CHAMPAIGN, ILL. — The Association of American Feed Control Officials (AAFCO) on Sept. 20 issued a position paper and call to action urging hemp and feed industry players to conduct further research on the use of hemp ingredients in livestock feed and pet food.

AAFCO plays a key role in guiding state, federal and international animal feed regulators on label standards, ingredient definitions and laboratory guidance in the feed processing industry. The association recognizes a need for more research on the nutritional impacts of hemp and hemp byproduct ingredients, including whole hemp plants, hemp seed oil, CBD and other cannabinoids.

With additional research, AAFCO would be able to formally define the ingredient and standards for safety, allowing pet food and feed manufacturers to incorporate hemp in their products and sell them across all 50 states.

"We understand the hemp industry is eager to enter the animal food market, but we are concerned that not enough research has been completed on these products,” said Susan M. Hays, executive director of AAFCO. “That's why we are urging the hemp industry to conduct appropriate research and submit their results to us for review as a normal step in our ingredient approval process."

In 2018, the US Department of Agriculture (USDA) signed a Farm Bill that legalized the growing of hemp, but the safety of these products for animals has yet to be determined by AAFCO or the US Food and Drug Administration (FDA), which is the ultimate domestic regulator of animal ingredients. Research on THC and cannabinoid levels, their effects on different species and for intended uses, would help pave the way for regulatory approval for these ingredients.

"Allowing hemp byproducts to be used for animal nutrition before rigorous research and legal approval processes have been completed could have adverse impacts on ranchers' access to markets, on animal health, and ultimately on human health when hemp-fed animal products enter the human food chain," Hays added.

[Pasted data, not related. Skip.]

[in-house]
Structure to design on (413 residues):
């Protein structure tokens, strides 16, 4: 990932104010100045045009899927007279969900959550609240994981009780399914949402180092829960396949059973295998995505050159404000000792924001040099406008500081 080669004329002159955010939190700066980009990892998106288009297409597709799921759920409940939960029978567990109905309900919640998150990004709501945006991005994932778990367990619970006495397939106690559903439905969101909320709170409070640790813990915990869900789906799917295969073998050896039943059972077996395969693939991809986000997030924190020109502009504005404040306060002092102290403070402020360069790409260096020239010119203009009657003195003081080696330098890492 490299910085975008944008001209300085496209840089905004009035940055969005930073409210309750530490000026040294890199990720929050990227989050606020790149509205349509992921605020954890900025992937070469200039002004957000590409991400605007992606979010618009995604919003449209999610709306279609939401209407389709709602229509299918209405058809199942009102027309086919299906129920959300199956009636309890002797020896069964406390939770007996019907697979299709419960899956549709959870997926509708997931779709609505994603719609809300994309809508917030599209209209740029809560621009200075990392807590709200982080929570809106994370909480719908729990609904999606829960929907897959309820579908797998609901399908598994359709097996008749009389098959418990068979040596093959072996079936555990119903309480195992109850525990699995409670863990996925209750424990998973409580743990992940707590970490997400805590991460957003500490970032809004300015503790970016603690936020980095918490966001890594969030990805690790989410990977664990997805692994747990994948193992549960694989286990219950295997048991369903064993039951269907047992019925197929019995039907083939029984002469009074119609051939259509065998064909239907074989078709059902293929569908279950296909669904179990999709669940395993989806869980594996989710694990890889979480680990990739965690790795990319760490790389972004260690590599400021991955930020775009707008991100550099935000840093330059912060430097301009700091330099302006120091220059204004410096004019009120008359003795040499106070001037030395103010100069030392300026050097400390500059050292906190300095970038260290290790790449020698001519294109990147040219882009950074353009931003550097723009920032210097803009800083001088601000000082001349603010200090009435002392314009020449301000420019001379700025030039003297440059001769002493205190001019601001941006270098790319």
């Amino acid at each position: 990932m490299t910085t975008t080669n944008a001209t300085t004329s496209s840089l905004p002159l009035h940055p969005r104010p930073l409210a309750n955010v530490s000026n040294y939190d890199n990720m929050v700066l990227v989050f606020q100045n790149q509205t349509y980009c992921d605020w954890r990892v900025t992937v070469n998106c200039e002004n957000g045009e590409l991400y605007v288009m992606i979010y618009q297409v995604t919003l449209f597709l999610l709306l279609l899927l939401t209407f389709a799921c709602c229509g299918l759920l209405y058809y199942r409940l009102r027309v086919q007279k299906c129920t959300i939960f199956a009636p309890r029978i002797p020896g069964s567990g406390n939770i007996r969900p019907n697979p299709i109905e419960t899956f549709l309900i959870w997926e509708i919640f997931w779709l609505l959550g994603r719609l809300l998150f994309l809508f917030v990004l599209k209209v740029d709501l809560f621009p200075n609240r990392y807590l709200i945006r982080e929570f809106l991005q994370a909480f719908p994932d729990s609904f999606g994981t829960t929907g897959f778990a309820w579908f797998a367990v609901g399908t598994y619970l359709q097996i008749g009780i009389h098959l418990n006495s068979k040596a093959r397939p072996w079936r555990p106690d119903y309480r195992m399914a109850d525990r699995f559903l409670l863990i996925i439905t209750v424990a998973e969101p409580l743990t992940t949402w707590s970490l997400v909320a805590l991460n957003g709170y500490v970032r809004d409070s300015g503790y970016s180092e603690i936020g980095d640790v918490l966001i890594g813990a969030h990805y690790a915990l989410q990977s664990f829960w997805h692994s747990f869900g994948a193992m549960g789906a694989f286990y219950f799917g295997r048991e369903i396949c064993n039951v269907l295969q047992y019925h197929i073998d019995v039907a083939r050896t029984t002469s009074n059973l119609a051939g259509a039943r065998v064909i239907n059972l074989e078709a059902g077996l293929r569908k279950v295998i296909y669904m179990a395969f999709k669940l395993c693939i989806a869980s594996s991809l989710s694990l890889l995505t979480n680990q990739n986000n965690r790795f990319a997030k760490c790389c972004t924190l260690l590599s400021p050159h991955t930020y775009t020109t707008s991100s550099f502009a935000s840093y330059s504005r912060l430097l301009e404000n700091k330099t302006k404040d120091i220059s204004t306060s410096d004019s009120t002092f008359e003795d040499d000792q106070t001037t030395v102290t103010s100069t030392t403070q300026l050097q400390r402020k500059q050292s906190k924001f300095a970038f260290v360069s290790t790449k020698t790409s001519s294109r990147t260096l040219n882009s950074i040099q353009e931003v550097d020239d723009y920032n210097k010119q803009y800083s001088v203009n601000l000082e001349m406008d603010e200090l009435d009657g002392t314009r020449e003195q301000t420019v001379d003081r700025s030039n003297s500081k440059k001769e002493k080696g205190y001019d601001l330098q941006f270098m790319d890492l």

Some states allow in-state use of hemp as a feed ingredient, AAFCO stated, but the national regulatory environment for hemp remains uncertain. AAFCO expressed concern for this state-by-state approach, as it could foster inconsistent manufacturing practices, unsupported and varied marketing claims, and restriction to interstate and international markets, the association stated.

According to AAFCO, “hemp and hemp products may not be used in animal feed or pet food in the United States,” as of July 2020 and regardless of the 2018 Farm Bill.

AAFCO recommended lawmakers work with key stakeholders, including AAFCO, the FDA, USDA, the National Association of State Departments of Agriculture, other industry associations and consumer advocacy groups, to move on the approval of hemp-based ingredients in animal feed. Manufacturers of these products should also conduct research and submit findings to AAFCO for review.

Read AAFCO’s full position paper on hemp and hemp byproducts in animal food here.

In a recent step forward for the pet food industry, AAFCO tentatively approved the use of black soldier fly larvae (BSFL) in adult dog food formulations in August. The ingredient is seen as a sustainable protein alternative, and products incorporating this ingredient can now be accepted for sale across the United States.

Keep up with the latest regulatory news affecting the pet food market.